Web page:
One of priorities for the Highland PTA is getting more parents involved. I see a website as a means toward this end, in that it would be available all the time, while real-world PTA meetings can never be. The site would also make involvement easier for some parents able to be involved anyway, but who might want to get or provide updates between meetings.

Were I to set up the site right now, my priorities would be as follows.

  • Provide updates on PTA activity. Some updates might be meeting-based (reminder of meeting, here’s what was discussed, etc.), some between meetings (we’re weeks away from the next meeting, but what do you think of this?).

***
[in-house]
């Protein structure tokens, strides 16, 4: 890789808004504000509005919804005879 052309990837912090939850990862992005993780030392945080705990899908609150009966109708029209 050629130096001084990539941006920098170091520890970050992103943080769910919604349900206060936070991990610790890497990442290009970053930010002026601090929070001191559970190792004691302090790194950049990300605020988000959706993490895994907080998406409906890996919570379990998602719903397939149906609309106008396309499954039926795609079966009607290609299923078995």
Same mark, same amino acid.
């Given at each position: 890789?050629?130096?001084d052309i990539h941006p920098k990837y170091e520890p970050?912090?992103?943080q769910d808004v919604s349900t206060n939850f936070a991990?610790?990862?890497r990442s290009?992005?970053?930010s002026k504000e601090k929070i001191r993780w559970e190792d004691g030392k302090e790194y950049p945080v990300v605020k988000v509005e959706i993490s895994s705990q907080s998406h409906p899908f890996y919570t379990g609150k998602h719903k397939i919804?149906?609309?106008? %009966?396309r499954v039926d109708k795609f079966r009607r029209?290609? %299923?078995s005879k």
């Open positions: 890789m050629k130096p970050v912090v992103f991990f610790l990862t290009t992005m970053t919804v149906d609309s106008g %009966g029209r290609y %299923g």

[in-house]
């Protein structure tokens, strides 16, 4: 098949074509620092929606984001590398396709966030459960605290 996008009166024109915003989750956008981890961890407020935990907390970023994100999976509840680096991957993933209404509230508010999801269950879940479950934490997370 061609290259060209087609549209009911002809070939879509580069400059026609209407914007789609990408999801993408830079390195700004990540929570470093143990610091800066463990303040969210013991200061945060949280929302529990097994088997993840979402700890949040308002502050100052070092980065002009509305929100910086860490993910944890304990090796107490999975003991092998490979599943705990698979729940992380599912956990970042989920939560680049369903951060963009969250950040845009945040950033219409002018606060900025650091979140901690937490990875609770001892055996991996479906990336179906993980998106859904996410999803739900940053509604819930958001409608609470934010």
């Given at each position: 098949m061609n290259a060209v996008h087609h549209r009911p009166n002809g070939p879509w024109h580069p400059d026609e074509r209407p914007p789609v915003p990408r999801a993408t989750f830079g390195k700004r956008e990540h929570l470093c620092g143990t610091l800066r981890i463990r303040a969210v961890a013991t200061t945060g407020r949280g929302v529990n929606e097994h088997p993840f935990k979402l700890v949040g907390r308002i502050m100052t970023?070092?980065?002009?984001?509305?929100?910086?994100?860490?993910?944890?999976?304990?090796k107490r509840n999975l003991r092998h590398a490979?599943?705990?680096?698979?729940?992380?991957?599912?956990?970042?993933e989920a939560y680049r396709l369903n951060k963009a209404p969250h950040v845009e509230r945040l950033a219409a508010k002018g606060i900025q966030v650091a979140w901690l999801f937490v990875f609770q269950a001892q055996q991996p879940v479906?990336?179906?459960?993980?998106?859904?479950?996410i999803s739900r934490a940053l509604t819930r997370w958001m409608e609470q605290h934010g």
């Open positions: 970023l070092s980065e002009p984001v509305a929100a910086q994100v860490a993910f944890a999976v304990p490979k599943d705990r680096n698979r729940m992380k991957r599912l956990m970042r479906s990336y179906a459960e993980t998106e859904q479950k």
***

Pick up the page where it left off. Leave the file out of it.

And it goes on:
• Solicit input, especially from parents and teachers who are not able to attend meetings at the school. No time is good for everyone: this morning’s 9am meeting was well attended, but still must have excluded many families.
  • Be multilingual, or at least bilingual. The Highland community speaks many languages, with Spanish and English being particularly prominent.

I’ve done some searches on terms such as PTA website. There’s a lot of stuff out there, including:

  • PTA sites at the national (US) and state (MD) level.
  • A PTA website builder site. First reaction: the nonprofit side of my brain says that it seems expensive; the for-profit side sees an opportunity in the PTA website builder business, if my pro-bono efforts at Highland go well.

Now,to solicit input on PTA websites. I’ll send out a few emails. But if you, dear reader, have thoughts on PTA sites, please share them here, especially if they include links to successful PTA sites.